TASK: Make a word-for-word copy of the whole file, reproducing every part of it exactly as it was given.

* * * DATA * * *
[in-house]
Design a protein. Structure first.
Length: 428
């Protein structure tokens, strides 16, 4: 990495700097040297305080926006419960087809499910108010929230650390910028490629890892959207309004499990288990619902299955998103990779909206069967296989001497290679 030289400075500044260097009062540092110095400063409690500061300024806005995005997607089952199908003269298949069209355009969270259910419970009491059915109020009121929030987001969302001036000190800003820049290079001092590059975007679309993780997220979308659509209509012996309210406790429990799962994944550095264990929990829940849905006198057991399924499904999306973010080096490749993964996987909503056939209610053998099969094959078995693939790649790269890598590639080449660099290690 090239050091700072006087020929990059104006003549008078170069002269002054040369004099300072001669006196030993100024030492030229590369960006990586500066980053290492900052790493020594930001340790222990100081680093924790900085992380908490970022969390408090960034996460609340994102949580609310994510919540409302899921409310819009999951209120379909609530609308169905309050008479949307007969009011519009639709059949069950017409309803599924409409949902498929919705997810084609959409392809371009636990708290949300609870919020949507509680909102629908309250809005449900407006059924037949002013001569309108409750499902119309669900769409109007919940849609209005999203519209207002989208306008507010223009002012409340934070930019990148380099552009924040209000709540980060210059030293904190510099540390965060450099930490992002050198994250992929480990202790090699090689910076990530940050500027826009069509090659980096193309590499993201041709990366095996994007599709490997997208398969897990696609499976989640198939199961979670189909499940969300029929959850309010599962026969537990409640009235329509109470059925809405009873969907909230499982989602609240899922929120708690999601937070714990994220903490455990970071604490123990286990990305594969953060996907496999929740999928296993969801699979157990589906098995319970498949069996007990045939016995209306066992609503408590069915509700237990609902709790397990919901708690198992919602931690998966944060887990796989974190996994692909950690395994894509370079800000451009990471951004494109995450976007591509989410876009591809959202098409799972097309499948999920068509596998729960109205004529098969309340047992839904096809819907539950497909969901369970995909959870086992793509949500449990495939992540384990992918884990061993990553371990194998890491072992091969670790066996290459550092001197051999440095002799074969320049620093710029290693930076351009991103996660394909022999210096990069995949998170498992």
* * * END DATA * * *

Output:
[in-house]
Design a protein. Structure first.
Length: 428
């Protein structure tokens, strides 16, 4: 990495700097040297305080926006419960087809499910108010929230650390910028490629890892959207309004499990288990619902299955998103990779909206069967296989001497290679 030289400075500044260097009062540092110095400063409690500061300024806005995005997607089952199908003269298949069209355009969270259910419970009491059915109020009121929030987001969302001036000190800003820049290079001092590059975007679309993780997220979308659509209509012996309210406790429990799962994944550095264990929990829940849905006198057991399924499904999306973010080096490749993964996987909503056939209610053998099969094959078995693939790649790269890598590639080449660099290690 090239050091700072006087020929990059104006003549008078170069002269002054040369004099300072001669006196030993100024030492030229590369960006990586500066980053290492900052790493020594930001340790222990100081680093924790900085992380908490970022969390408090960034996460609340994102949580609310994510919540409302899921409310819009999951209120379909609530609308169905309050008479949307007969009011519009639709059949069950017409309803599924409409949902498929919705997810084609959409392809371009636990708290949300609870919020949507509680909102629908309250809005449900407006059924037949002013001569309108409750499902119309669900769409109007919940849609209005999203519209207002989208306008507010223009002012409340934070930019990148380099552009924040209000709540980060210059030293904190510099540390965060450099930490992002050198994250992929480990202790090699090689910076990530940050500027826009069509090659980096193309590499993201041709990366095996994007599709490997997208398969897990696609499976989640198939199961979670189909499940969300029929959850309010599962026969537990409640009235329509109470059925809405009873969907909230499982989602609240899922929120708690999601937070714990994220903490455990970071604490123990286990990305594969953060996907496999929740999928296993969801699979157990589906098995319970498949069996007990045939016995209306066992609503408590069915509700237990609902709790397990919901708690198992919602931690998966944060887990796989974190996994692909950690395994894509370079800000451009990471951004494109995450976007591509989410876009591809959202098409799972097309499948999920068509596998729960109205004529098969309340047992839904096809819907539950497909969901369970995909959870086992793509949500449990495939992540384990992918884990061993990553371990194998890491072992091969670790066996290459550092001197051999440095002799074969320049620093710029290693930076351009991103996660394909022999210096990069995949998170498992």